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This book, which covers Visions and hallucinations, explains what causes them and summarises how many hallucinations have been caused by each event or activity. It also provides specific help with questions people have asked us, such as ‘Is my medication giving me hallucinations?’.

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Category: Other spiritually gifted people


William John Warner, popularly known as Cheiro (November 1, 1866 – October 8, 1936), was an Irish astrologer and palm reader, author and clairvoyant, who also taught Chaldean numerology.  Cheiro was born in a village outside Dublin.

The name Cheiro, derives from the word cheiromancy, meaning palmistry.    He later also took the name Count Louis Hamon (or Count Leigh de Hamong) as a form of stage and pen name.  He wrote numerous books on these subjects, taught palmistry, astrology, and Chaldean numerology and made personal predictions for famous clients and to foresee world events.

We have generally made it a policy on this site not to include people who made money from this area as a profession, however, Cheiro had a wide following of famous European and American clients during the late 19th and early 20th centuries, who appeared to be very ready to vouch for his sincerity.


He read the palms and told the fortunes of celebrities like Mark Twain, W. T. Stead, Sarah Bernhardt, Mata Hari, Oscar Wilde, Grover Cleveland, Thomas Edison, the Prince of Wales, General Kitchener, William Ewart Gladstone, and Joseph Chamberlain!

He documented his sittings with these clients by asking them to sign a guest book he kept for the purpose, in which he encouraged them to comment on their experiences as subjects of his character analyses and predictions.

In his own autobiographical book, Cheiro's Memoirs: The Reminiscences of a Society Palmist, he included accounts of his interviews with King Edward VII, William Gladstone, Charles Stewart Parnell, Henry Morton Stanley, Sarah Bernhardt, Oscar Wilde, Professor Max Muller, Blanche Roosevelt, the Comte de Paris, Joseph Chamberlain, Lord Russell of Killowen, Robert Ingersoll, Ella Wheeler Wilcox, Lillie Langtry, W. T. Stead, Richard Croker, Natalia Janotha, and other prominent people of his era.  Ella Wheeler Wilcox was sufficiently impressed that she commented

"The study of people gifted with occult powers has interested me for several years. I have met and consulted scores.  In almost every respect I consider Cheiro the most highly gifted of all. He helps as well as astonishes."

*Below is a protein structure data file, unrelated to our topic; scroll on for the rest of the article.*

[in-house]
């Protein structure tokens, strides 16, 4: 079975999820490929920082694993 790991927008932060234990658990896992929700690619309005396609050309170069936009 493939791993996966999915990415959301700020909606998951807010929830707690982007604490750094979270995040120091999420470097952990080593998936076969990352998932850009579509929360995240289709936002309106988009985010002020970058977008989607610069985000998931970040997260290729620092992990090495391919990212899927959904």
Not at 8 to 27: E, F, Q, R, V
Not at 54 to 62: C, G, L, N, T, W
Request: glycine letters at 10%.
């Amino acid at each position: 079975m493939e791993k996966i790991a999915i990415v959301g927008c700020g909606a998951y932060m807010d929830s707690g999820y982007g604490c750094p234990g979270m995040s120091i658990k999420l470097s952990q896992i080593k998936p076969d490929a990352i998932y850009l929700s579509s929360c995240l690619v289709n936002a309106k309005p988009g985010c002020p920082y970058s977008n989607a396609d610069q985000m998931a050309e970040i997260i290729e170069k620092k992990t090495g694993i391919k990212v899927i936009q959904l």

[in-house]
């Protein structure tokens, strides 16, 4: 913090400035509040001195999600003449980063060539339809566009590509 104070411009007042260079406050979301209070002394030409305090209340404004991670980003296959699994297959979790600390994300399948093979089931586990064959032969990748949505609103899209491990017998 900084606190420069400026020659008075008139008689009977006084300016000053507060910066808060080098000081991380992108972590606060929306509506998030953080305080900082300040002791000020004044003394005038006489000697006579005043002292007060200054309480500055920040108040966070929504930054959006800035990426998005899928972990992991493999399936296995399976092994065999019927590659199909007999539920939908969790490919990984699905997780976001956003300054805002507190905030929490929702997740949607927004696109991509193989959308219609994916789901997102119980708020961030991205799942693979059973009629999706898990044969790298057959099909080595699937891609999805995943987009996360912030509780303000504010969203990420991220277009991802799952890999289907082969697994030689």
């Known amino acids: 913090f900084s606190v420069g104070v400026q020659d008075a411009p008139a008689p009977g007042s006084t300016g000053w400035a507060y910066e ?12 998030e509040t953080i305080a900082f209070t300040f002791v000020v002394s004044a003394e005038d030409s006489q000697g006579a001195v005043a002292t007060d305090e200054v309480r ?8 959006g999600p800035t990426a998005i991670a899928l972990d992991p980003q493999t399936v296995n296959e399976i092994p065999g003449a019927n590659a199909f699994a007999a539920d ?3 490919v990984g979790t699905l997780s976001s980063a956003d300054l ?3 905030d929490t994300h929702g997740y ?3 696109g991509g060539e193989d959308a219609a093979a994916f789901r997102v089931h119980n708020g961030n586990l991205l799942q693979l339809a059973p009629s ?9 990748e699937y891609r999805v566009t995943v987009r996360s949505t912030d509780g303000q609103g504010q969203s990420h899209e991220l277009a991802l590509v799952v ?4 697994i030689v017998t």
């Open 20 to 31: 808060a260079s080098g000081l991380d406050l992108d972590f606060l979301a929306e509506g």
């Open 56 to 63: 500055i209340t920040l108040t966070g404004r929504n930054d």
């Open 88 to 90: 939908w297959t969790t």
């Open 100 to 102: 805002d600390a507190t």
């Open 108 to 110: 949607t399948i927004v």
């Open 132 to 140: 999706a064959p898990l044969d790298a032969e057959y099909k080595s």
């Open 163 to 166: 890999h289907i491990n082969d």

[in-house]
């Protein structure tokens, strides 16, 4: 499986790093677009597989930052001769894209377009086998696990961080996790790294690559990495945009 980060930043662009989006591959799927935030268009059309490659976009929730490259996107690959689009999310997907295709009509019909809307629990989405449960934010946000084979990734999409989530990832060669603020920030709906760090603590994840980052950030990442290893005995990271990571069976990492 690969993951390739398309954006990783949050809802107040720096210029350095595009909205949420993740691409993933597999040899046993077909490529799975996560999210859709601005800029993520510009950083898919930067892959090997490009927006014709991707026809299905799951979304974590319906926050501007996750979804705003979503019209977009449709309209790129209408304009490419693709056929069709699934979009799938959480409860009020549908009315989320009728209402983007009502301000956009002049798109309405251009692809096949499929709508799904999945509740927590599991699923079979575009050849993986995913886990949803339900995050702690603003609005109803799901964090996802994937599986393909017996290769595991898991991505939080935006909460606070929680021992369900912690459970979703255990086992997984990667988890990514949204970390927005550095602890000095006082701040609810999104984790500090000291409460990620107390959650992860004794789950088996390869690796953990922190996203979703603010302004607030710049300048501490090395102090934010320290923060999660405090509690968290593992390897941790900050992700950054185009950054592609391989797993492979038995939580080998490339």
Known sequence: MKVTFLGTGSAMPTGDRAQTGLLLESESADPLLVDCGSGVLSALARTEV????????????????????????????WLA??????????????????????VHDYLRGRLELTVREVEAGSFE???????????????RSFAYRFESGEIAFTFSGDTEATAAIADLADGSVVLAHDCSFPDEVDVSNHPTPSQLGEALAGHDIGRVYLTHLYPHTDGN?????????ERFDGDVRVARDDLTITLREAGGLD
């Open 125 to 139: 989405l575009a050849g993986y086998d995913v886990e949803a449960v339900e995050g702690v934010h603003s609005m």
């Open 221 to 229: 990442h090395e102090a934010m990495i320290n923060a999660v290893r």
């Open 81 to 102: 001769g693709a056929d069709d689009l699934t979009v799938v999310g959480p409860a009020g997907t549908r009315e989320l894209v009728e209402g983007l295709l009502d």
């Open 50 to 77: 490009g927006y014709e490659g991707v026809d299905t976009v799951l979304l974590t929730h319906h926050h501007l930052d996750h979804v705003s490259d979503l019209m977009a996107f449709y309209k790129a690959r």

So even if one is extremely sceptical of his analyses and predictions, he is still interesting given the people he had sittings with and their opinion of him.  He was also somewhat uncannily accurate on a number of prophecies.

The book Titanic's Last Secrets includes a detailed account of one of Cheiro's palm readings with William Pirrie, chairman of Harland and Wolf, builders of the Titanic. Cheiro predicted that he would soon be in a fight for his life, talking about the battle surrounding the Titanic sinking.

There is one final area that is also of especial interest for this site.  Cheiro’s views on the concept of Fate and Destiny and how it related to palmistry.

Fate, Destiny and palm reading


We have numerous observations from many mystic and other sources that show that the concept of Destiny is well accepted as is the Great Work from which one’s Destiny derives.  Cheiro used the more accurate term Destiny in his analyses and made the links with the Great Work – the ‘why are we here’ connection.

But he made the added somewhat fascinating hypothesis that palmistry offered an additional clue as to whether one had a significant Destiny or not.  He used both the Mystic Cross and the Line of Destiny on the palm as indicators of those with significant and well defined destinies.

Palmistry for All, by Cheiro , The Line Of Destiny Or Fate


The Line of Destiny, otherwise called the Line of Fate is naturally one of the most important of the principal lines of the hand.  Although one may never be able to explain why it is, this line undoubtedly appears to indicate at least the main events of one's career.

It may be found on the hand even at the moment of birth, clearly indicating the class of Fate or Destiny that lies in the far distant future before the individual.  In some cases it may look faint or shadowy, as if the path of Destiny were not yet clearly defined, while in other instances almost every step of the road is chiselled out with its milestones of failure or success, sorrow or joy, as the case may be.

That some human beings seem to be more children of Fate than others has been admitted by almost all thinkers, but why they should be so has been the great question that baffles all students of such subjects.  There are some who appear to have no Fate, and others who seem to carve their Destiny from day to day……….


Some of the greatest teachers and philosophers have come to the conclusion that Fate exists for all. In the 17th Article of Religion in the Episcopal Church it is stated, and in no uncertain manner, that "Predestination to life is the everlasting purpose of God." All through the Bible the Destiny of nations and of men is clearly laid down, and from the first chapter of Genesis to the last page of Revelation the trials, tribulations, and pathway of the Jews was prophesied and predicted ages in advance.

Thousands of years before the birth of Christ, it was foretold in Holy Writ in what manner He should be born, and in what manner He should die. It was predicted that a Virgin should conceive and that a Judas should betray, and that both were necessary "that the Scriptures might be fulfilled."

In more recent ages thousands and thousands of predictions have been fulfilled, and all point to some mysterious agency that underlies the purpose of humanity, and that nothing from the smallest to the greatest is left to blind chance.  It may be that the Soul—in being part of the Universal Soul of all things—knows all things, and so through the instrumentality of the brain writes its knowledge of the Future in advance.  It may be, then, that to all living beings there is a Destiny "that shapes our ends, rough hew them as we will."



His experience showed – from all the readings he had done, - that there was an uncanny link, in effect he did use observations to come to his conclusions, as such this hypothesis is indeed a fascinating one.

A number of Cheiro’s later books on palmistry and destiny were written after he had completely retired from all professional work, and he heavily emphasised in the preface to them that he was not publishing the book ‘with the idea of seeking clients’. His only objective was to help people fulfil their potential, to help them understand what their destiny was  “I have no desire but to see this strange study taken up as a useful and practical means of obtaining an exact judgment of the character, qualities, and hidden tendencies that might otherwise be ignored.”